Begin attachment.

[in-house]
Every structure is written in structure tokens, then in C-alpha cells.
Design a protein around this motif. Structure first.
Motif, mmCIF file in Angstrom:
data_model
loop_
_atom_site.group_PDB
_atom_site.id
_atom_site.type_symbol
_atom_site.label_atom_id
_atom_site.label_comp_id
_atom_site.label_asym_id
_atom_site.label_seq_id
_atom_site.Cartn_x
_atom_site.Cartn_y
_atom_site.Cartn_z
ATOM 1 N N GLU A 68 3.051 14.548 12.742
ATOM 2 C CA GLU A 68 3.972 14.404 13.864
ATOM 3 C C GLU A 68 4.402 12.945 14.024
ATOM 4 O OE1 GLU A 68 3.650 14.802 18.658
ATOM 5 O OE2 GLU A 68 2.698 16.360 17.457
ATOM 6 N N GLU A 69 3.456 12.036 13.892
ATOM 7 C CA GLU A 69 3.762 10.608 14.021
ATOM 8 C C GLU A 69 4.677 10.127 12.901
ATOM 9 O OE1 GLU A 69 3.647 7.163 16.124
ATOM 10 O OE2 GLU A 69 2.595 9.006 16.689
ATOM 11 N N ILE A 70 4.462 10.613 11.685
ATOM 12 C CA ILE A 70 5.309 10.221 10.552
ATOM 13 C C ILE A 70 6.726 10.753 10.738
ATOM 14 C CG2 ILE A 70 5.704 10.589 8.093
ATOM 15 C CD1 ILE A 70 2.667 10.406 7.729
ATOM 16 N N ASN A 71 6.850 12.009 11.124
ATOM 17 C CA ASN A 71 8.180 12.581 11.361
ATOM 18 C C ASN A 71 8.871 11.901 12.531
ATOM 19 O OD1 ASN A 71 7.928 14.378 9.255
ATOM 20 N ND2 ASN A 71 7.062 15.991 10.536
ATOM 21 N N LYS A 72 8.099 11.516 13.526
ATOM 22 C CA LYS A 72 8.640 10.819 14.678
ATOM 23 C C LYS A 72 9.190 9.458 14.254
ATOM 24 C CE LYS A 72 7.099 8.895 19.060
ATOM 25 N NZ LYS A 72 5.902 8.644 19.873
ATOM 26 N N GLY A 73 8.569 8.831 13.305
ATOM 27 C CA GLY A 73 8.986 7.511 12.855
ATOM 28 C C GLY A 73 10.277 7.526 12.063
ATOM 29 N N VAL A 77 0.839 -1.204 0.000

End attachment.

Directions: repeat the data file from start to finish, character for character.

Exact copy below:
[in-house]
Every structure is written in structure tokens, then in C-alpha cells.
Design a protein around this motif. Structure first.
Motif, mmCIF file in Angstrom:
data_model
loop_
_atom_site.group_PDB
_atom_site.id
_atom_site.type_symbol
_atom_site.label_atom_id
_atom_site.label_comp_id
_atom_site.label_asym_id
_atom_site.label_seq_id
_atom_site.Cartn_x
_atom_site.Cartn_y
_atom_site.Cartn_z
ATOM 1 N N GLU A 68 3.051 14.548 12.742
ATOM 2 C CA GLU A 68 3.972 14.404 13.864
ATOM 3 C C GLU A 68 4.402 12.945 14.024
ATOM 4 O OE1 GLU A 68 3.650 14.802 18.658
ATOM 5 O OE2 GLU A 68 2.698 16.360 17.457
ATOM 6 N N GLU A 69 3.456 12.036 13.892
ATOM 7 C CA GLU A 69 3.762 10.608 14.021
ATOM 8 C C GLU A 69 4.677 10.127 12.901
ATOM 9 O OE1 GLU A 69 3.647 7.163 16.124
ATOM 10 O OE2 GLU A 69 2.595 9.006 16.689
ATOM 11 N N ILE A 70 4.462 10.613 11.685
ATOM 12 C CA ILE A 70 5.309 10.221 10.552
ATOM 13 C C ILE A 70 6.726 10.753 10.738
ATOM 14 C CG2 ILE A 70 5.704 10.589 8.093
ATOM 15 C CD1 ILE A 70 2.667 10.406 7.729
ATOM 16 N N ASN A 71 6.850 12.009 11.124
ATOM 17 C CA ASN A 71 8.180 12.581 11.361
ATOM 18 C C ASN A 71 8.871 11.901 12.531
ATOM 19 O OD1 ASN A 71 7.928 14.378 9.255
ATOM 20 N ND2 ASN A 71 7.062 15.991 10.536
ATOM 21 N N LYS A 72 8.099 11.516 13.526
ATOM 22 C CA LYS A 72 8.640 10.819 14.678
ATOM 23 C C LYS A 72 9.190 9.458 14.254
ATOM 24 C CE LYS A 72 7.099 8.895 19.060
ATOM 25 N NZ LYS A 72 5.902 8.644 19.873
ATOM 26 N N GLY A 73 8.569 8.831 13.305
ATOM 27 C CA GLY A 73 8.986 7.511 12.855
ATOM 28 C C GLY A 73 10.277 7.526 12.063
ATOM 29 N N VAL A 77 0.839 -1.204 0.000